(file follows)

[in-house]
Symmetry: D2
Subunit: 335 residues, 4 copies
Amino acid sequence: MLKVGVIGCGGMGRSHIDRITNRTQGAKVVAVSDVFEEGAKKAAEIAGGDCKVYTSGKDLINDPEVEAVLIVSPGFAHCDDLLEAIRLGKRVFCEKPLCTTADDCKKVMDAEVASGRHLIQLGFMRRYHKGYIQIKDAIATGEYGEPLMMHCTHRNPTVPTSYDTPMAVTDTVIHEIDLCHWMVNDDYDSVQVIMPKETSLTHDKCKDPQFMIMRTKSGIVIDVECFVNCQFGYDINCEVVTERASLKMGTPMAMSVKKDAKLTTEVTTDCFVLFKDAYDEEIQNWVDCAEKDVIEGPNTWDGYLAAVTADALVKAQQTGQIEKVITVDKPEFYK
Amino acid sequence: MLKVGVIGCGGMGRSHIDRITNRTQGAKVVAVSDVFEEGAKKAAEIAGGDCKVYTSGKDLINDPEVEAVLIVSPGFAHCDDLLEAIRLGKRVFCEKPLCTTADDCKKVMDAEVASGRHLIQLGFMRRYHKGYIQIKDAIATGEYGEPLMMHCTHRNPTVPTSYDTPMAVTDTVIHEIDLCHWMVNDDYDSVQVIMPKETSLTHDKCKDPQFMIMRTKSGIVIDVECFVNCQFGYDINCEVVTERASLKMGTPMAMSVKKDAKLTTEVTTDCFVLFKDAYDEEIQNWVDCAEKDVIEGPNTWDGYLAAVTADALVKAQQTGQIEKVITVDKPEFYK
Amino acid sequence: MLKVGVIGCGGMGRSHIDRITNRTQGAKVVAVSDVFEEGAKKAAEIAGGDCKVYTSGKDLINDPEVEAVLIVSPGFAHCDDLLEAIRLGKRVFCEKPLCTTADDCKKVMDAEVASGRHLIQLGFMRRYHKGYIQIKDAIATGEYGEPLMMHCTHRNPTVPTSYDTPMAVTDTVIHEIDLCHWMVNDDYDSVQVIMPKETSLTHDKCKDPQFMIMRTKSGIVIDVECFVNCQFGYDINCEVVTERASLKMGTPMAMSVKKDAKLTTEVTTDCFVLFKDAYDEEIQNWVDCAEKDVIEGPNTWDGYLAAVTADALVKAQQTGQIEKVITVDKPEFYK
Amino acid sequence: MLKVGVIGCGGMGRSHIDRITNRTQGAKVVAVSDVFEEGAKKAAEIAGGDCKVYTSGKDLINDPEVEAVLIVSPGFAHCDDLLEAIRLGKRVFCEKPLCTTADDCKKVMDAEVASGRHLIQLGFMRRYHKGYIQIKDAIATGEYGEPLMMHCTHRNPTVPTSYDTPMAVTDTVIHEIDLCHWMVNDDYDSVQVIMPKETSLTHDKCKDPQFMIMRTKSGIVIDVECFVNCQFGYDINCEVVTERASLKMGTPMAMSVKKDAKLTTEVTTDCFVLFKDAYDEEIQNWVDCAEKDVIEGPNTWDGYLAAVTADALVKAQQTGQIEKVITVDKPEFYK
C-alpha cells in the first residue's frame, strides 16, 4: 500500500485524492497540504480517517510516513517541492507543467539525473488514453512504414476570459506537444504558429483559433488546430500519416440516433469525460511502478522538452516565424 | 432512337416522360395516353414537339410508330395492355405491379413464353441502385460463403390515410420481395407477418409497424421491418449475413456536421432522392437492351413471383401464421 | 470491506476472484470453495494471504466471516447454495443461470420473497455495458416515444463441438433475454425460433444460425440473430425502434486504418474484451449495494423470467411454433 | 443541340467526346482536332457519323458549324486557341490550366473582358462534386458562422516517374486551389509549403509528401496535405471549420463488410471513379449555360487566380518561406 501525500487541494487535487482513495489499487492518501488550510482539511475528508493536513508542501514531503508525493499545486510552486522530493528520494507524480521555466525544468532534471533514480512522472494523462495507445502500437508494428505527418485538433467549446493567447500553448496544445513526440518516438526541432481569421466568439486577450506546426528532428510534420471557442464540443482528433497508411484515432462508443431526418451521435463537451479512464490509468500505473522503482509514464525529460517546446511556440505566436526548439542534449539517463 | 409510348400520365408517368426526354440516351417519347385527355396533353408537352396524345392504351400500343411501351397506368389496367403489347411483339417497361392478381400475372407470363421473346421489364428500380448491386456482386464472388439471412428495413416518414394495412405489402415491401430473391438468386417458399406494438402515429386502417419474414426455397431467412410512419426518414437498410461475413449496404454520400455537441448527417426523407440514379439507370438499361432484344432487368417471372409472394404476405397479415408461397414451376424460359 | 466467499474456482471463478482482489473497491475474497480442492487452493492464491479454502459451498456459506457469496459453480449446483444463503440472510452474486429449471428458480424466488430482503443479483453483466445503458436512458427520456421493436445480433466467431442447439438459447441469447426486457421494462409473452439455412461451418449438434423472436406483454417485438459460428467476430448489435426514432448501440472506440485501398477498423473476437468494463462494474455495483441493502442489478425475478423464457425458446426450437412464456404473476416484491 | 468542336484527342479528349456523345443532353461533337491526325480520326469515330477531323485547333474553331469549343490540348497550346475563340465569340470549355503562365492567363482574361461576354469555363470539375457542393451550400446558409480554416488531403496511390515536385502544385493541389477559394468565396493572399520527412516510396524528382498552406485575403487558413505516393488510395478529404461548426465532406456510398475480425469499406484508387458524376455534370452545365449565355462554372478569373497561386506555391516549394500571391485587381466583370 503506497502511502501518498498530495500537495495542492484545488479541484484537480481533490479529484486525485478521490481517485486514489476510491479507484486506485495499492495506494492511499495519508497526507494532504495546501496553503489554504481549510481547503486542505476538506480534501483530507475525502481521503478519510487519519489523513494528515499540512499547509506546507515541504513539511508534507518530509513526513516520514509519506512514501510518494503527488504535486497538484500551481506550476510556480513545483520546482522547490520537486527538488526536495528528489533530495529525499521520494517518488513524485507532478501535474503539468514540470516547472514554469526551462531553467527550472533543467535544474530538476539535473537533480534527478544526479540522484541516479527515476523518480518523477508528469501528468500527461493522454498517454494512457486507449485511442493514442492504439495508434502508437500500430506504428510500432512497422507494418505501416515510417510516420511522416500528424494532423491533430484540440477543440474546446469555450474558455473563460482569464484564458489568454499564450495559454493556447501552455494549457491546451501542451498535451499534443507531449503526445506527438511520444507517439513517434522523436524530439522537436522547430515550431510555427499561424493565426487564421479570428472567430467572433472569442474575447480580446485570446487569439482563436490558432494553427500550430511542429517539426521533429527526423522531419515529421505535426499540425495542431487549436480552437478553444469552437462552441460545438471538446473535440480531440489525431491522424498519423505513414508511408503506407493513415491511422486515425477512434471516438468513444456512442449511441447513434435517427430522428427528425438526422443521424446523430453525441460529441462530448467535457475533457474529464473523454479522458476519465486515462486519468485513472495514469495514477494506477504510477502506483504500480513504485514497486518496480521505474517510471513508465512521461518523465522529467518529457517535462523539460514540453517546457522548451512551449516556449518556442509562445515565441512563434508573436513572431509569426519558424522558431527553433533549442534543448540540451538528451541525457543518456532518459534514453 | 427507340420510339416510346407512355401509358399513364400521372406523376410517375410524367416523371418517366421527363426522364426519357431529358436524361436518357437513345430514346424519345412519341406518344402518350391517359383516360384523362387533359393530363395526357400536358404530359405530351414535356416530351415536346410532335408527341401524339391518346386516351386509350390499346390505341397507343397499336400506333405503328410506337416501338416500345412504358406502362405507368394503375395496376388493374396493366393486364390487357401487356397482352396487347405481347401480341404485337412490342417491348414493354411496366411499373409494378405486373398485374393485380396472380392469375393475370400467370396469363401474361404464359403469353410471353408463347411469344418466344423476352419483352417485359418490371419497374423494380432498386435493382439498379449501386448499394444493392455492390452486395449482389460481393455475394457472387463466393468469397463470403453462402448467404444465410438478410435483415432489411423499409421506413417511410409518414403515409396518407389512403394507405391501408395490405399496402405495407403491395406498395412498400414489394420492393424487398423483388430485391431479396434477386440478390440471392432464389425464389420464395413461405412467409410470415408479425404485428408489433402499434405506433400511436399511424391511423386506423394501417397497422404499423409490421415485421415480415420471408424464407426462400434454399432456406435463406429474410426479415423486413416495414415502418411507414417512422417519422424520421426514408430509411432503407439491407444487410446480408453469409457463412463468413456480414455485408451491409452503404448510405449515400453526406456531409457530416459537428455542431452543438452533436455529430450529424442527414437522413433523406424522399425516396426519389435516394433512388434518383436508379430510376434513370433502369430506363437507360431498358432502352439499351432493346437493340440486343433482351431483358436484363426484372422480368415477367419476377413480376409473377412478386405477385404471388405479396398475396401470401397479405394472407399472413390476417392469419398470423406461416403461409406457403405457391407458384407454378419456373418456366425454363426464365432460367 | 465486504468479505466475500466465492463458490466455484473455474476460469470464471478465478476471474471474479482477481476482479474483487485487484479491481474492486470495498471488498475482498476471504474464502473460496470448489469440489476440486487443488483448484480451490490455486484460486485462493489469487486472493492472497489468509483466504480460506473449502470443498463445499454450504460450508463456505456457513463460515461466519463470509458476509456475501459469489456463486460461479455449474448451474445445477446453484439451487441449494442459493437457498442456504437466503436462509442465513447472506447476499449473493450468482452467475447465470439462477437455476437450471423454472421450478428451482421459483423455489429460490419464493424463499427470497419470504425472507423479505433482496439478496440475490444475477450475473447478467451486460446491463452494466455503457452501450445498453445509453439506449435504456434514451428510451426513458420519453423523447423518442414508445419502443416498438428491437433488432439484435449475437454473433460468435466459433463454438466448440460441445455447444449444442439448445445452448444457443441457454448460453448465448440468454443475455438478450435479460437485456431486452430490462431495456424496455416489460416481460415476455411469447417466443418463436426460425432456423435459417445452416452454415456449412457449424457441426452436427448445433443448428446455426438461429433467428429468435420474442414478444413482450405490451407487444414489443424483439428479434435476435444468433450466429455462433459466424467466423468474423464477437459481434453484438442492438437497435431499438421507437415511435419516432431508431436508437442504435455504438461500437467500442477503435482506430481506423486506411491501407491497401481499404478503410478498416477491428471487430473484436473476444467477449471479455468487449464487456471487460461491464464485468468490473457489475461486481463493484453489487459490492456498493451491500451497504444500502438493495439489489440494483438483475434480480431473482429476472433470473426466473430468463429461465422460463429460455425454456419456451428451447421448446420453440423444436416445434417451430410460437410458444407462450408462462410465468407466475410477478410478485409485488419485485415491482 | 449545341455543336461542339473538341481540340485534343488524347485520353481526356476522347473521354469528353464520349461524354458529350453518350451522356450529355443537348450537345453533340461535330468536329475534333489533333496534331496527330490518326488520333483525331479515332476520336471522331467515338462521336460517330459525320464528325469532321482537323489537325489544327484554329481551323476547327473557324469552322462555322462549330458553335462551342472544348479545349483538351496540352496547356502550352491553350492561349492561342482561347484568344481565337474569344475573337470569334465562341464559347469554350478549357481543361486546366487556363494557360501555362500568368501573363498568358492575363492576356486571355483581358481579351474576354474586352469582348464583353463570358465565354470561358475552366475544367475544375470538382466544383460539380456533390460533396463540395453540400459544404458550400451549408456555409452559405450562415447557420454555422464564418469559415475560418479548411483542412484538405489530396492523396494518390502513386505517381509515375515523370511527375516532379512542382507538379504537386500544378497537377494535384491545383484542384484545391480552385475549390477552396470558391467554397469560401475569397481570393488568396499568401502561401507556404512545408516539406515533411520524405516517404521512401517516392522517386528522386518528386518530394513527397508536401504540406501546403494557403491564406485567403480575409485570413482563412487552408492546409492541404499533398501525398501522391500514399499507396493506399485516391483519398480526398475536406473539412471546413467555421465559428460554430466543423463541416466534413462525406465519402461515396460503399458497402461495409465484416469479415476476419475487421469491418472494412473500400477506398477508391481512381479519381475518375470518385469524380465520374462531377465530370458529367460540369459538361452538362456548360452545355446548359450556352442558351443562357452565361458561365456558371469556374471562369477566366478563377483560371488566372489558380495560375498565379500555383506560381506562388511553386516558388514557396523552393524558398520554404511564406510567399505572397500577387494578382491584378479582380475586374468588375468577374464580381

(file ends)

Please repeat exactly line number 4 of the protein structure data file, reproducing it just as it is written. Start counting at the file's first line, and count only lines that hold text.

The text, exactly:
Amino acid sequence: MLKVGVIGCGGMGRSHIDRITNRTQGAKVVAVSDVFEEGAKKAAEIAGGDCKVYTSGKDLINDPEVEAVLIVSPGFAHCDDLLEAIRLGKRVFCEKPLCTTADDCKKVMDAEVASGRHLIQLGFMRRYHKGYIQIKDAIATGEYGEPLMMHCTHRNPTVPTSYDTPMAVTDTVIHEIDLCHWMVNDDYDSVQVIMPKETSLTHDKCKDPQFMIMRTKSGIVIDVECFVNCQFGYDINCEVVTERASLKMGTPMAMSVKKDAKLTTEVTTDCFVLFKDAYDEEIQNWVDCAEKDVIEGPNTWDGYLAAVTADALVKAQQTGQIEKVITVDKPEFYK